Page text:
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#EBSstories Tackling a deadly cardiovascular disease


A deadly condition that starts as a tear in the aorta has been reproduced on ID17 by scientists from the École de Mines de Saint Etienne in France, with the aim of better understanding the onset of the disease.

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Aortic dissection is a life-threating disease that occurs suddenly when a tear appears in the aorta and this tear allows the blood flow between the layers of the aortic wall. The disease’s onset can take place anywhere in the aorta, but it is often near the heart. Although it is rare, affecting three every 100000 people, its mortality rate is high and, if untreated, 50% of people die within 24 hours.

“The mechanisms underlying this disease are not really well understood, mainly due to the fact that aortic dissection is very difficult to observe, because it is internal and it is a very rapid process”, explains Joseph Brunet, scientist in bioengineering at the École de Mines de Saint Etienne.

The ESRF, with its new EBS, provided the perfect stage for the scientists to re-enact the disease in an aorta. “The aorta is extremely heterogeneous and it is composed of many microstructural components. Only with EBS we are able to observe these microelements and the global structure of the aorta at the same time, with amazing resolution in time and in space, on beamline ID17”, explains Brunet.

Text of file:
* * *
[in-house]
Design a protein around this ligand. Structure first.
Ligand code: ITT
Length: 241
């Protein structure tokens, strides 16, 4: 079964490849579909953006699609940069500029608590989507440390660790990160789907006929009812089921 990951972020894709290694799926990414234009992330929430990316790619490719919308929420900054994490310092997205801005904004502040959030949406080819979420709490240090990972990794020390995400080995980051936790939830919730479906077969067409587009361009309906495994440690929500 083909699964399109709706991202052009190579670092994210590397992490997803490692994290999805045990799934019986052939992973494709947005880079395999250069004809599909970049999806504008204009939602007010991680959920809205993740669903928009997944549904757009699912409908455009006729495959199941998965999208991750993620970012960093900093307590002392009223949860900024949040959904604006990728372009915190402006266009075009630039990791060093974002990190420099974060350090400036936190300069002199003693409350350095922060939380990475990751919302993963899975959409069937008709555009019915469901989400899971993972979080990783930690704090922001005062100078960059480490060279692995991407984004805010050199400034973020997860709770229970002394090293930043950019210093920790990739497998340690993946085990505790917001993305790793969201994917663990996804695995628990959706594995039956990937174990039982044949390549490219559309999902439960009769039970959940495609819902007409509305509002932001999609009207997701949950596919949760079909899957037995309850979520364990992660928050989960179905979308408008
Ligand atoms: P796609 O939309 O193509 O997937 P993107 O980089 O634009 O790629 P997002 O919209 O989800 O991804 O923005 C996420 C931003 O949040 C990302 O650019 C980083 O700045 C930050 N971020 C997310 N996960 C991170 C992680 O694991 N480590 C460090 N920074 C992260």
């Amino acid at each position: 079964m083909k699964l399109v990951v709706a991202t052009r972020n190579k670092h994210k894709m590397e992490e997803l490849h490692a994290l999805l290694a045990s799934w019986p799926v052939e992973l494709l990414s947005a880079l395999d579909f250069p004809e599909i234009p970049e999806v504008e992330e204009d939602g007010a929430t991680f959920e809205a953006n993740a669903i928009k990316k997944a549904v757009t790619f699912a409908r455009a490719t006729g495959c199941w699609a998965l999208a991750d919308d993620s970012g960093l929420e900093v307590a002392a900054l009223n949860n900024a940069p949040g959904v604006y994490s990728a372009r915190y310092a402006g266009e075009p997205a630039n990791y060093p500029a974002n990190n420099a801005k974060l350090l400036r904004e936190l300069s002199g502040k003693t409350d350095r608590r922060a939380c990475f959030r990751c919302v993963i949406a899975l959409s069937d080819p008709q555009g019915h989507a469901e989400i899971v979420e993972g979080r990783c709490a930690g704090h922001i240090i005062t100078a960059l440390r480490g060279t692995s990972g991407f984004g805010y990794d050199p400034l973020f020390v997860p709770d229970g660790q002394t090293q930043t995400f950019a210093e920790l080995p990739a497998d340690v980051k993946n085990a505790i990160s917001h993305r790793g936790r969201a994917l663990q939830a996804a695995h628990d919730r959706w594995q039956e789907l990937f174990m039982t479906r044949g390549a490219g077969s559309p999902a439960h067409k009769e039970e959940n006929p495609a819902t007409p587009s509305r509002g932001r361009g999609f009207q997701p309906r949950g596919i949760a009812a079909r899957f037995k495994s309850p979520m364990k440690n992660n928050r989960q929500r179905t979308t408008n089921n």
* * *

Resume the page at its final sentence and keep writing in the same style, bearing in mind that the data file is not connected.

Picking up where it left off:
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On the left, an aorta section mounted on the sample holder. On the right, the set up on ID17. Credits: J. Brunet. 

The team studied how this tear propagates. Previously, the scientists designed a custom-made tension-inflation device suited for X-ray microtomography to reproduce the movements that take place in the aorta when breathing. This device, combined with X-ray tomography on ID17, allowed them to follow the dissection propagation in vitro in its early stages. Results will provide them with precise information on the arterial dissection mechanics, in particular, critical pressure, direction of the propagation, preferred path within the layered microstructure, strain field around the tear and also possible involvement of different fracture modes.

“It is the first time that aorta dissection is studied in situ using synchrotron radiation, to my knowledge, and we are very excited because we expect that it will shed light on the mechanical phenomena leading to arterial dissection”, he concludes.

Text by Montserrat Capellas Espuny. Video by Montserrat Capellas Espuny and Mark McGee.